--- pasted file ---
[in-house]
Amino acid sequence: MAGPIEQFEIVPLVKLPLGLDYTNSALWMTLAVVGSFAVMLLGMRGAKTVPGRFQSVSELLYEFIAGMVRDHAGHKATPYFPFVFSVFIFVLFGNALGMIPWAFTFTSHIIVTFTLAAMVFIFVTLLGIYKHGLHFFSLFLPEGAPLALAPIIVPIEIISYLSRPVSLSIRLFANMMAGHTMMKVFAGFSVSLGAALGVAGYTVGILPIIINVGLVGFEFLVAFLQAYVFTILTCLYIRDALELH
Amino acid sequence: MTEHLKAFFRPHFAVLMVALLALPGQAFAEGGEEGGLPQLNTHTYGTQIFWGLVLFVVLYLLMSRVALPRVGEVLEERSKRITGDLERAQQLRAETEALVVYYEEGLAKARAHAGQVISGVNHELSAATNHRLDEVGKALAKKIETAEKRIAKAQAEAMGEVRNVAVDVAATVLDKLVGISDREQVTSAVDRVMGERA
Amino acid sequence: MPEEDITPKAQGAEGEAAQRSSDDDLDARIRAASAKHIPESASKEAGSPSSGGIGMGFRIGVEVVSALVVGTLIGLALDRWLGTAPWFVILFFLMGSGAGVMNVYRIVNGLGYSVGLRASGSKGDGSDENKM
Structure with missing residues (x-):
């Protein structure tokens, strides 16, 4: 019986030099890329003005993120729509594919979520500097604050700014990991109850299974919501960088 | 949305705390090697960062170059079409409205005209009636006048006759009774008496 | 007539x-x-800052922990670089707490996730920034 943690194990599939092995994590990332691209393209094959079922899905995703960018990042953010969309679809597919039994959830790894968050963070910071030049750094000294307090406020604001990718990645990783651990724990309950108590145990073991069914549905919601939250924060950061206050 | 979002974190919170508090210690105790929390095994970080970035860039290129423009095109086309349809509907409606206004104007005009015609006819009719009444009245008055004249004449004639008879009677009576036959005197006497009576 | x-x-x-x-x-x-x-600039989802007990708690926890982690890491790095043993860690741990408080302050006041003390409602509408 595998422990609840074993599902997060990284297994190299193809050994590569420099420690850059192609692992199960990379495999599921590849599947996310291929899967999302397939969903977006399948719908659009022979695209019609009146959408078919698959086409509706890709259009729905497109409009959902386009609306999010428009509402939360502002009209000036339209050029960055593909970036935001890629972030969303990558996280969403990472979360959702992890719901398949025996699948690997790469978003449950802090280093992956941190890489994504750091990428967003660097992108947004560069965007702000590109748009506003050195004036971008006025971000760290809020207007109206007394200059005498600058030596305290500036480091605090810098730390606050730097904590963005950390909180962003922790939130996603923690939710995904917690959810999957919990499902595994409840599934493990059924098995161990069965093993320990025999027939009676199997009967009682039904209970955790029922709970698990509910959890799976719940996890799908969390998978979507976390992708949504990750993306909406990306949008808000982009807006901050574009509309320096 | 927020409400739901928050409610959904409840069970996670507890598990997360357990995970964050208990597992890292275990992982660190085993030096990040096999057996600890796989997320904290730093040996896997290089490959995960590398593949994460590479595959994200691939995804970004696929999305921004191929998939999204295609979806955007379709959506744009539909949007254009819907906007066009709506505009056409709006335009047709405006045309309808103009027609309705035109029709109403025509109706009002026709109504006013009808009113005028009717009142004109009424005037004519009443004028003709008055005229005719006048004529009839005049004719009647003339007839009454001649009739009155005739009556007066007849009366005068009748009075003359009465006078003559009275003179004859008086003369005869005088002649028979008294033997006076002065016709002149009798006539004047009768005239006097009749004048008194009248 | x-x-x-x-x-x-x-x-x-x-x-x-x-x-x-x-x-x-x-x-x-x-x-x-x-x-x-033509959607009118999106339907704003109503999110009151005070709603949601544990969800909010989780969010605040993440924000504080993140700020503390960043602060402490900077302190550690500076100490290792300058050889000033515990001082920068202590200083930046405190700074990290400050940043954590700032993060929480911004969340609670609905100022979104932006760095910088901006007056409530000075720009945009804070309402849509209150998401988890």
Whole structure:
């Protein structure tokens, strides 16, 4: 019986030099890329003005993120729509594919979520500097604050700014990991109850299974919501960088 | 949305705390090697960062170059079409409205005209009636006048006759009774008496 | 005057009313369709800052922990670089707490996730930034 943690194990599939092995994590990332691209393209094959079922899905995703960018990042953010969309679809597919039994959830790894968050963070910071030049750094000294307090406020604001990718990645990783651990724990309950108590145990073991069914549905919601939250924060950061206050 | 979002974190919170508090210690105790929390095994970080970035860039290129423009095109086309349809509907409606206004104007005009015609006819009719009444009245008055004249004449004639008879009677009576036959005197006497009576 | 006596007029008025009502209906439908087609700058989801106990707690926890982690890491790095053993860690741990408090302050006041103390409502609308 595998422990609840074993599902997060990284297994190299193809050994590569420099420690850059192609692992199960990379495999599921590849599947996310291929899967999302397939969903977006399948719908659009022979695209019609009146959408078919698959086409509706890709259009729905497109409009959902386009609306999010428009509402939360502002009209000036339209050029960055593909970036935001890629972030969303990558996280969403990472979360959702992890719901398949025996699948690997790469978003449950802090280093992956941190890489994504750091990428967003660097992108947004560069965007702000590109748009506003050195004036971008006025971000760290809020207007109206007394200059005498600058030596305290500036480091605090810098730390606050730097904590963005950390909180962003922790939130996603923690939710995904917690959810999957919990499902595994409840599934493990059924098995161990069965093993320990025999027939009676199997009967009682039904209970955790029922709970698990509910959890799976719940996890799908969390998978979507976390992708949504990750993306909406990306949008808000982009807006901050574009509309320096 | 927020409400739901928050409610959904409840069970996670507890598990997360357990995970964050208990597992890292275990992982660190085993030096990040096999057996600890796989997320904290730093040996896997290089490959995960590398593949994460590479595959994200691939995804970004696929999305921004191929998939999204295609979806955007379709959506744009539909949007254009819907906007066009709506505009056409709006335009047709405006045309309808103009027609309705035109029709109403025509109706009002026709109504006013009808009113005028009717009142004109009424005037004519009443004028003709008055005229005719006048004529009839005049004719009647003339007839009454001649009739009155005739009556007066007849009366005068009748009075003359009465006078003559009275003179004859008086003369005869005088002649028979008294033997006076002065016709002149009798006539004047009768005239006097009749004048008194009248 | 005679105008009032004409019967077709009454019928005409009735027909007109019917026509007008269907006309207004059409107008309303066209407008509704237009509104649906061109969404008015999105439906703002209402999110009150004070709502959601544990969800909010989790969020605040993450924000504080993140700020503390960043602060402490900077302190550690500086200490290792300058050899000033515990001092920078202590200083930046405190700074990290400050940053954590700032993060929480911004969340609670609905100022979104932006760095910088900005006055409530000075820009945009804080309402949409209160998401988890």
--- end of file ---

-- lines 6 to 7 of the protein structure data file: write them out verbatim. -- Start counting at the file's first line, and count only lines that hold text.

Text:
């Protein structure tokens, strides 16, 4: 019986030099890329003005993120729509594919979520500097604050700014990991109850299974919501960088 | 949305705390090697960062170059079409409205005209009636006048006759009774008496 | 007539x-x-800052922990670089707490996730920034 943690194990599939092995994590990332691209393209094959079922899905995703960018990042953010969309679809597919039994959830790894968050963070910071030049750094000294307090406020604001990718990645990783651990724990309950108590145990073991069914549905919601939250924060950061206050 | 979002974190919170508090210690105790929390095994970080970035860039290129423009095109086309349809509907409606206004104007005009015609006819009719009444009245008055004249004449004639008879009677009576036959005197006497009576 | x-x-x-x-x-x-x-600039989802007990708690926890982690890491790095043993860690741990408080302050006041003390409602509408 595998422990609840074993599902997060990284297994190299193809050994590569420099420690850059192609692992199960990379495999599921590849599947996310291929899967999302397939969903977006399948719908659009022979695209019609009146959408078919698959086409509706890709259009729905497109409009959902386009609306999010428009509402939360502002009209000036339209050029960055593909970036935001890629972030969303990558996280969403990472979360959702992890719901398949025996699948690997790469978003449950802090280093992956941190890489994504750091990428967003660097992108947004560069965007702000590109748009506003050195004036971008006025971000760290809020207007109206007394200059005498600058030596305290500036480091605090810098730390606050730097904590963005950390909180962003922790939130996603923690939710995904917690959810999957919990499902595994409840599934493990059924098995161990069965093993320990025999027939009676199997009967009682039904209970955790029922709970698990509910959890799976719940996890799908969390998978979507976390992708949504990750993306909406990306949008808000982009807006901050574009509309320096 | 927020409400739901928050409610959904409840069970996670507890598990997360357990995970964050208990597992890292275990992982660190085993030096990040096999057996600890796989997320904290730093040996896997290089490959995960590398593949994460590479595959994200691939995804970004696929999305921004191929998939999204295609979806955007379709959506744009539909949007254009819907906007066009709506505009056409709006335009047709405006045309309808103009027609309705035109029709109403025509109706009002026709109504006013009808009113005028009717009142004109009424005037004519009443004028003709008055005229005719006048004529009839005049004719009647003339007839009454001649009739009155005739009556007066007849009366005068009748009075003359009465006078003559009275003179004859008086003369005869005088002649028979008294033997006076002065016709002149009798006539004047009768005239006097009749004048008194009248 | x-x-x-x-x-x-x-x-x-x-x-x-x-x-x-x-x-x-x-x-x-x-x-x-x-x-x-033509959607009118999106339907704003109503999110009151005070709603949601544990969800909010989780969010605040993440924000504080993140700020503390960043602060402490900077302190550690500076100490290792300058050889000033515990001082920068202590200083930046405190700074990290400050940043954590700032993060929480911004969340609670609905100022979104932006760095910088901006007056409530000075720009945009804070309402849509209150998401988890």
Whole structure: